Advice on Cases •

STRUCTURE, STRUCTURE, STRUCTURE!!! – Structure is the thing you should focus on most from the start of the interview until the end. Structure everything from the paper that you take your notes the way you do your initial case issue your set up and execution of the what you say in your final case wrap-up. Often, having a structured approach to everything you do in a case interview is just as important as getting the "right" answer to "crack" the case. Think about the "Big Picture" whenever you can...don't dig too deep in the details until you have to. Digging too deep early and getting lost “in the weeds” can lead to missing out on information that might get you to the desired answer. If the first thing that pops into your mind is the details of what info you want, take an extra second to think about why you need that information and it will likely give you another layer of structure for your analysis. The "Big Picture" thinking should be the foundation of your approach at all stages of the case, but it is especially important when you're doing your initial case "roadmap" and issue tree. The executives and managers that you'd be consulting to will likely have a "Big Picture" view of things, so you should train yourself to have the same sort of outlook.

Advice on Cases •

Make sure you bring out the "So what?" insights and not just surface level ideas. These firms likely know that you're smart...otherwise, you wouldn't have been invited to simply reciting facts likely won't be enough to distinguish you from the pack. The thing that can truly make you look like a star is being able to look at that same set of facts and draw out some deep insights about the specific situation in the case and some larger business situation and/or context. It's all about the "So what?"'s... Be as efficient as possible when doing the math on your cases. Writing out every equation may seem like a good idea, but it can use up a lot of time that would be better spent doing case analysis and gathering data. Try to find shortcuts to get through your calculations quicker, such as canceling zeros, using the units of measure in a problem for hints, and recognizing patterns in numbers.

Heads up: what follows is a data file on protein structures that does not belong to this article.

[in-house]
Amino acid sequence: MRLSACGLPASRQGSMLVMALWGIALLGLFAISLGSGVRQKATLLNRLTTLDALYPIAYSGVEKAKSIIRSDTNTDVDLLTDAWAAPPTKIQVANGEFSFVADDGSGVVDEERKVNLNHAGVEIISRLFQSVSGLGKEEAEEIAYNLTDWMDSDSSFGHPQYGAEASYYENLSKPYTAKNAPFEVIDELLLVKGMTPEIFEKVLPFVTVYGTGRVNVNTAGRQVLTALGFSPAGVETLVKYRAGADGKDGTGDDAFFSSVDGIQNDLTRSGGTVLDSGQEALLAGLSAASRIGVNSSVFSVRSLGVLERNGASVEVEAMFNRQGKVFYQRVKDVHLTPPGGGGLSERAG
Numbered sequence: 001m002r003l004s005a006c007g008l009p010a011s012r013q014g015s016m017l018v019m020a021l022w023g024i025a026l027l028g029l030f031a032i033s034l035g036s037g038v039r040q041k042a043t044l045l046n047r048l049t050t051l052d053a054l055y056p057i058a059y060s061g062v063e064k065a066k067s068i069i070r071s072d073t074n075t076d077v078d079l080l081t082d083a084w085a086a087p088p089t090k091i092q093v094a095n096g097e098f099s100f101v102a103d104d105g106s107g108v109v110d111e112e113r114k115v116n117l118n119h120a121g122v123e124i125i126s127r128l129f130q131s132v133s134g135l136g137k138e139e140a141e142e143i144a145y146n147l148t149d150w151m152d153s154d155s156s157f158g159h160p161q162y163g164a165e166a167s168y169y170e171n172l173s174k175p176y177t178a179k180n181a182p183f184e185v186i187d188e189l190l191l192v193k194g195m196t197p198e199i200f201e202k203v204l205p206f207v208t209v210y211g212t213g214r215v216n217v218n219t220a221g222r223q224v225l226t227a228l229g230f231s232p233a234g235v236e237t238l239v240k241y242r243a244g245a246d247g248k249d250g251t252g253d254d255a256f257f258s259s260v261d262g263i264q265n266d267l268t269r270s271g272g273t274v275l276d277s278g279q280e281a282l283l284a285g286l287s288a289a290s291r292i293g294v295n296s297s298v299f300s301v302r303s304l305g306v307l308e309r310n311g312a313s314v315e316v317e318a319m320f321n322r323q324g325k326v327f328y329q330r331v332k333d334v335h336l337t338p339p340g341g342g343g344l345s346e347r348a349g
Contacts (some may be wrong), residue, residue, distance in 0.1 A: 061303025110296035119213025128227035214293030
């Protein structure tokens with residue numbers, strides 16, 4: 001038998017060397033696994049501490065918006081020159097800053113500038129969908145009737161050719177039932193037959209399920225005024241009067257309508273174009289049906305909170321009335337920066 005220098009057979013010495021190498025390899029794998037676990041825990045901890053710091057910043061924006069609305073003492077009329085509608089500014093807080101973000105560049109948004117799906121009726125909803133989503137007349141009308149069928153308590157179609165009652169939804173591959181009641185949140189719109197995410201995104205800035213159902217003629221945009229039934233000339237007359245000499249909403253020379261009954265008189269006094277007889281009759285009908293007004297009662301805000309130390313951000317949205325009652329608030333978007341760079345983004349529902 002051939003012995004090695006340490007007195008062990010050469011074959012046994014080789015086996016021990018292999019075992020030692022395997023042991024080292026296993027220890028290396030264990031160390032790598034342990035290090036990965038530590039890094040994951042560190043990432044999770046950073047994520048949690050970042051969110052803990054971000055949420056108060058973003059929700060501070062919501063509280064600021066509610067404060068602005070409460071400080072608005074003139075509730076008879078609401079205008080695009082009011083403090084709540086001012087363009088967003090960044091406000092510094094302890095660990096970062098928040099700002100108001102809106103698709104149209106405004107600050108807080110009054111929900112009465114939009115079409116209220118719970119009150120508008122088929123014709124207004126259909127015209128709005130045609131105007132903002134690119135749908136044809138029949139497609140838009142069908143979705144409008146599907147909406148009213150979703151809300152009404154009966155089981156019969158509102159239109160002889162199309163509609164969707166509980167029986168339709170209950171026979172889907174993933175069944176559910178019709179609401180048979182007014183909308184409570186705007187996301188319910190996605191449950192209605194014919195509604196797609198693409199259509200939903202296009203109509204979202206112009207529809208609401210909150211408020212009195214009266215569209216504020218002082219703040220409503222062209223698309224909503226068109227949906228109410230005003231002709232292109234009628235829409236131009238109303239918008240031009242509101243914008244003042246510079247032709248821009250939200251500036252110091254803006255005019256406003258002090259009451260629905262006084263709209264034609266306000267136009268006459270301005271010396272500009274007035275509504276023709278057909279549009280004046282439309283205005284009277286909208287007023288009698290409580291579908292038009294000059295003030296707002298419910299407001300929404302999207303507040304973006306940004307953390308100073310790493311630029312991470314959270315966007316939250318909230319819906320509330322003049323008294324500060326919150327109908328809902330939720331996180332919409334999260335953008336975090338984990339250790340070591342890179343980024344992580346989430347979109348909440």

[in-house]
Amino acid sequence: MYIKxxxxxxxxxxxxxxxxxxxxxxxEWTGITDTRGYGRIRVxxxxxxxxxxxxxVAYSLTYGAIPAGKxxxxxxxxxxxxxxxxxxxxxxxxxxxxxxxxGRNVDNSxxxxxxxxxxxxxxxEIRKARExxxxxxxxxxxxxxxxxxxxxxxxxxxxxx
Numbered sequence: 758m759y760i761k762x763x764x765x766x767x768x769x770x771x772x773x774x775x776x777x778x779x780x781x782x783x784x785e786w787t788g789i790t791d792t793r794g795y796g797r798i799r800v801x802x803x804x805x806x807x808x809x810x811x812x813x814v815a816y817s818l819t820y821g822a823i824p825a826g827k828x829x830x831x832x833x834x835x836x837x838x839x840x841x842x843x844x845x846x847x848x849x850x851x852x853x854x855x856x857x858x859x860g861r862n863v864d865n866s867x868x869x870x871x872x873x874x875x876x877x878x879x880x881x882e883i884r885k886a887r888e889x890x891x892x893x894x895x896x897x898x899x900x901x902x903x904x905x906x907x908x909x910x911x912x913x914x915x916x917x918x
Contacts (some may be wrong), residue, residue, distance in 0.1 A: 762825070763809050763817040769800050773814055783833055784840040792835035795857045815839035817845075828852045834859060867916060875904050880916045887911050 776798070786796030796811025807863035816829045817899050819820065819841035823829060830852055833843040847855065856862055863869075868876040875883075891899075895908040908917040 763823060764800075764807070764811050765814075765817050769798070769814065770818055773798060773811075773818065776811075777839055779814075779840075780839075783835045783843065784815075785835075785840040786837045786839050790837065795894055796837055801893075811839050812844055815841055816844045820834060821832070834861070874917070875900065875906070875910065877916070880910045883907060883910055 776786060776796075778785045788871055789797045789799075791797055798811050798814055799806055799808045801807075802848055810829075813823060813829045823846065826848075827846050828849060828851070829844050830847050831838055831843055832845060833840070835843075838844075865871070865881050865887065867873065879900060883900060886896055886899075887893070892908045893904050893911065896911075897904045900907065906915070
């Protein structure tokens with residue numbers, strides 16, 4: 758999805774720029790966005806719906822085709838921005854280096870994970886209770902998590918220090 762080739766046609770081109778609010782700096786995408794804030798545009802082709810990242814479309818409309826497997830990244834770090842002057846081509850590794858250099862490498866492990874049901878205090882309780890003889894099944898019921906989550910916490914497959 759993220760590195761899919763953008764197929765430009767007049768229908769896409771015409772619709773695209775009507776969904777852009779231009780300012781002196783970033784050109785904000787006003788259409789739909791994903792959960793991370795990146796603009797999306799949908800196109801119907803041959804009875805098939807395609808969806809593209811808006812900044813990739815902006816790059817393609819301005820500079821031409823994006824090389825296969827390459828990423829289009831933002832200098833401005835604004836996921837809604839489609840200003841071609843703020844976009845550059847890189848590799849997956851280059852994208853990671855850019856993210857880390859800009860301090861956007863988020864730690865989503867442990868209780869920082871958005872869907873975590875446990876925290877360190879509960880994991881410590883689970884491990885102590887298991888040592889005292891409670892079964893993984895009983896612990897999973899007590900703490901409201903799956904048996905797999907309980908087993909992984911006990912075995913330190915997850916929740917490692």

Advice on Cases •

Make your notes as neat and clear as possible. Some firms collect the notes you take while doing the case for any number of reasons, one of which could be to gain insights on how you structured your analysis. In this case, it is important to have very clear notes so they can follow your thinking as they read the notes. A more practical reason for having clear notes is so that you don't confuse yourself during interviews. When one is under the stress of an interview situation, it is easy to lose track of a number, a fact, or some piece of data that could help you solve a problem and the time it takes to find that lost data is time that you could be plugging away at your case analysis. Neat note-taking is a simple way to avoid that problem. Be creative. This is pretty self-explanatory, but try not to get bogged down and restricted to the format or ideas that a particular framework might lead you to. There are many ways to solve a problem and a little creativity may be just what it takes to get you over the top when the interviewers are doing their evaluations.

Advice on Cases • Use assumptions to your advantage, but don't overuse them. Finding the balance of when and when not to use assumptions is a tough one, so I always default to the following rule of thumb...If you need a piece of information during the case, ask for it. The worst that can happen is that the interviewer won't have the info and you'll have to make an assumption about it. The alternative to not asking is making an invalid or incorrect assumption and going down the wrong path when the interviewer had a ton of data waiting for you all along. Basically, use assumptions within reason and know that, in many cases, the interviewer likely has data that can help you crack the case wide open if you use it right.

Advice on the Fit/Experience Discussion • The interview is not all about the case, the fit portion is highly important, as well • Focus on your role -- The interviewer wants to hear about what YOU did; Don't focus too much of your description on what your TEAM did • Have several stories prepared (I’d recommend at least four) that cover a wide range of anecdotes about your leadership experience (you should not repeat stories across interviews on a single day) • Be concise and make sure you bring out only the most important points; There's no need to get too detailed...just tell your story and bring out the "showstopper" ideas

Knock ‘em dead and remember that cases are only as difficult as you make them…